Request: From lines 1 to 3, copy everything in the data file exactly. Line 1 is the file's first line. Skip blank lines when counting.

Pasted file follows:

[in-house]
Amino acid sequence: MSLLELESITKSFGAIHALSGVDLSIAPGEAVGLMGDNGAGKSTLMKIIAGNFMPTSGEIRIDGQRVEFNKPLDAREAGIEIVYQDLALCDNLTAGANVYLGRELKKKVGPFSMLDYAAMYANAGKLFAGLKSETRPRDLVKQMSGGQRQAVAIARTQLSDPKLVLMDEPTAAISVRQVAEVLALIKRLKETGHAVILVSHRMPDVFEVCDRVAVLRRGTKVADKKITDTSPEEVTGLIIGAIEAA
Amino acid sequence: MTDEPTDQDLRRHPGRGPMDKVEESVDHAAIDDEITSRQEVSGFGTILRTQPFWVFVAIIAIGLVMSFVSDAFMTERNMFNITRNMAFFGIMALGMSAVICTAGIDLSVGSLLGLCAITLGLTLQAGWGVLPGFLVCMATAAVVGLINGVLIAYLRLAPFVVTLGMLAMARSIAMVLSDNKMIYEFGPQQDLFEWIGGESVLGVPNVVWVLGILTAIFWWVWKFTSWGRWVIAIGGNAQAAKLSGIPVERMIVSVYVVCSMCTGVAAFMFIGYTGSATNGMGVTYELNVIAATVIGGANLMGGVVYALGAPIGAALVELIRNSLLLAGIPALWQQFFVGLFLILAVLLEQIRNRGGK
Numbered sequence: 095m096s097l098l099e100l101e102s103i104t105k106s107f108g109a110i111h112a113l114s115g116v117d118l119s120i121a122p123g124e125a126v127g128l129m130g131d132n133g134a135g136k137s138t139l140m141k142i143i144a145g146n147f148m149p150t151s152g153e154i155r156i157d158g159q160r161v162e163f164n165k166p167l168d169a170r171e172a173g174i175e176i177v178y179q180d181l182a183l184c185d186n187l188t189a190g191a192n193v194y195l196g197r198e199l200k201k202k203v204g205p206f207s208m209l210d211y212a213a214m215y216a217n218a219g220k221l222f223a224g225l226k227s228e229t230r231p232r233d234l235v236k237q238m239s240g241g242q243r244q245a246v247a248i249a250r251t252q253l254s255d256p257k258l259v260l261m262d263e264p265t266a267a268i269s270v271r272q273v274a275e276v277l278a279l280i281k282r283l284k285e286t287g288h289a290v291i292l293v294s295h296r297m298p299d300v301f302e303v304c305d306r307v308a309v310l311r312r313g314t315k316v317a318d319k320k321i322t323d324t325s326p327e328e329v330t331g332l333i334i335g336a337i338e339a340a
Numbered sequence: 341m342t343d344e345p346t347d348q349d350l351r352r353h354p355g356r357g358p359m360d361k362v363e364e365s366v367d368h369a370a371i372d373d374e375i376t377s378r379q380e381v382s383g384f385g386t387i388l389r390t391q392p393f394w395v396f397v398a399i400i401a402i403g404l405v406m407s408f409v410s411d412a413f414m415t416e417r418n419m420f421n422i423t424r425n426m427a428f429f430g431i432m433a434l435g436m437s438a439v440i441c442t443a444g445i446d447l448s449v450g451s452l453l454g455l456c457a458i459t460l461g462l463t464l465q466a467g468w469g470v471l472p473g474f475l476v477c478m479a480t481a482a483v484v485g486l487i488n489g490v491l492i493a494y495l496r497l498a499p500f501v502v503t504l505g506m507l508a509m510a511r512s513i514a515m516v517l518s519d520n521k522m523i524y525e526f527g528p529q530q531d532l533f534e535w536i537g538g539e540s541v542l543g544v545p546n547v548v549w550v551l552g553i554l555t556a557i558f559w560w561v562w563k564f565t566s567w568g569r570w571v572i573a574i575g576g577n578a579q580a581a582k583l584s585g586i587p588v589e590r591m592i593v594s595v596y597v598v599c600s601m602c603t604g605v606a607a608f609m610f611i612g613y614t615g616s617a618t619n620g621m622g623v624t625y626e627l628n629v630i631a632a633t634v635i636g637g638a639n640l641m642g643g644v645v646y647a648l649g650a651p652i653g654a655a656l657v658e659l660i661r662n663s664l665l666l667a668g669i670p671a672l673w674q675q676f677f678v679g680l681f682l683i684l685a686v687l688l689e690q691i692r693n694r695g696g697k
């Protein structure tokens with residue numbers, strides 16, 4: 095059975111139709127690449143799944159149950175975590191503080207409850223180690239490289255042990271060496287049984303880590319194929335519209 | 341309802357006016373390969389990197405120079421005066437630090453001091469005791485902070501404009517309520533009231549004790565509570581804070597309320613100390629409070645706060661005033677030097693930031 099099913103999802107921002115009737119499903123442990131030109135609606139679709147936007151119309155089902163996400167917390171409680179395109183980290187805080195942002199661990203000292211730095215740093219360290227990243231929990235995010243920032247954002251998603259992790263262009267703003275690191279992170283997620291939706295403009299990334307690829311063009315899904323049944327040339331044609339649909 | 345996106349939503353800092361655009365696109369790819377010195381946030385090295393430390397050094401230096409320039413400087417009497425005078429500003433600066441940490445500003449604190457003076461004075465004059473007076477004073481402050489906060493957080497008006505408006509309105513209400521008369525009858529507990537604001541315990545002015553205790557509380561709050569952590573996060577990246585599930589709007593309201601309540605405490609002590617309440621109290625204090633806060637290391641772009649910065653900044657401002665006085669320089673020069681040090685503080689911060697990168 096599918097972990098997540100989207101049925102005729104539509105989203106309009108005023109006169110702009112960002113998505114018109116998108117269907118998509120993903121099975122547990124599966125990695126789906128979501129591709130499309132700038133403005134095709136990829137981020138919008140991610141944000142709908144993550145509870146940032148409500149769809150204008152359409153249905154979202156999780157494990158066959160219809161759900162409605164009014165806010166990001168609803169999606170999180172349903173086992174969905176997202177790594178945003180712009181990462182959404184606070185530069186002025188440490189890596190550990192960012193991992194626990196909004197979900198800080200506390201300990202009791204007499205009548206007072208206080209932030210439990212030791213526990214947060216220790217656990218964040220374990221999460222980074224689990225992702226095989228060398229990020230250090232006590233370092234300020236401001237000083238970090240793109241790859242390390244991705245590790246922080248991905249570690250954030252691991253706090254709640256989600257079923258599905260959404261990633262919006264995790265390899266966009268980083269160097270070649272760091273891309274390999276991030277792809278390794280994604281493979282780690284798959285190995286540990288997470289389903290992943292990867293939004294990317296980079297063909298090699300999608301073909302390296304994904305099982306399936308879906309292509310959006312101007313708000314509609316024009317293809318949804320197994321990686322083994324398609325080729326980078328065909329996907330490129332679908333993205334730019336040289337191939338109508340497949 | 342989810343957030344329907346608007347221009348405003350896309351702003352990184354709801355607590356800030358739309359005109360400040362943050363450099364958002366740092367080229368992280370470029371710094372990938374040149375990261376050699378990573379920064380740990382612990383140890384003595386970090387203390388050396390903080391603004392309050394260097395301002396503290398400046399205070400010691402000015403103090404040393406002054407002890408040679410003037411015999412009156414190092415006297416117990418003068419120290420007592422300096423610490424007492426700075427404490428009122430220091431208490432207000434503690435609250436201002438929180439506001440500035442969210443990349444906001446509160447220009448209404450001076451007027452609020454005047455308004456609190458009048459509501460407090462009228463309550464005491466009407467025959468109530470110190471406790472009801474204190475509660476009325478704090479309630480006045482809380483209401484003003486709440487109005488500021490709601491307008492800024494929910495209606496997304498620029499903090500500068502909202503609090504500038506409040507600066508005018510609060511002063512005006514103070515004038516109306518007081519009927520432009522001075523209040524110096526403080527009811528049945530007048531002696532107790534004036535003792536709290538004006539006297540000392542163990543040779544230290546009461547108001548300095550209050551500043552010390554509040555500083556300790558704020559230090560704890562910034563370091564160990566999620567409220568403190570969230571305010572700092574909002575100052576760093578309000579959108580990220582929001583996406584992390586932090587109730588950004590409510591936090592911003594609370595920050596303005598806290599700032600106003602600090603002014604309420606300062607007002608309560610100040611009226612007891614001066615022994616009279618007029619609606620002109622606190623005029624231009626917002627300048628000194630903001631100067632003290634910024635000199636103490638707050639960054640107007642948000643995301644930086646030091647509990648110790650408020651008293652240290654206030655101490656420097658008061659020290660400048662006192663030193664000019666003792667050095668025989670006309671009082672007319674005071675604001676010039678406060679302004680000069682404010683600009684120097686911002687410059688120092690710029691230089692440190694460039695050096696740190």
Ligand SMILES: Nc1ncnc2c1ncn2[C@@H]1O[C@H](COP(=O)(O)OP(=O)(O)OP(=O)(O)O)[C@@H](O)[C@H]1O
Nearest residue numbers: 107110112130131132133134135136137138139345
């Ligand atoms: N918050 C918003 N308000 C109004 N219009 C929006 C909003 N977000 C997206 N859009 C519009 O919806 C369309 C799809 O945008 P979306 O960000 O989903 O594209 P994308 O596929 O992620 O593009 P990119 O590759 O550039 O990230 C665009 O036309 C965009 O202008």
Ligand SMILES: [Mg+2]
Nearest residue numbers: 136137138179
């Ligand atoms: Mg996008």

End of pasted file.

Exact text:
[in-house]
Amino acid sequence: MSLLELESITKSFGAIHALSGVDLSIAPGEAVGLMGDNGAGKSTLMKIIAGNFMPTSGEIRIDGQRVEFNKPLDAREAGIEIVYQDLALCDNLTAGANVYLGRELKKKVGPFSMLDYAAMYANAGKLFAGLKSETRPRDLVKQMSGGQRQAVAIARTQLSDPKLVLMDEPTAAISVRQVAEVLALIKRLKETGHAVILVSHRMPDVFEVCDRVAVLRRGTKVADKKITDTSPEEVTGLIIGAIEAA
Amino acid sequence: MTDEPTDQDLRRHPGRGPMDKVEESVDHAAIDDEITSRQEVSGFGTILRTQPFWVFVAIIAIGLVMSFVSDAFMTERNMFNITRNMAFFGIMALGMSAVICTAGIDLSVGSLLGLCAITLGLTLQAGWGVLPGFLVCMATAAVVGLINGVLIAYLRLAPFVVTLGMLAMARSIAMVLSDNKMIYEFGPQQDLFEWIGGESVLGVPNVVWVLGILTAIFWWVWKFTSWGRWVIAIGGNAQAAKLSGIPVERMIVSVYVVCSMCTGVAAFMFIGYTGSATNGMGVTYELNVIAATVIGGANLMGGVVYALGAPIGAALVELIRNSLLLAGIPALWQQFFVGLFLILAVLLEQIRNRGGK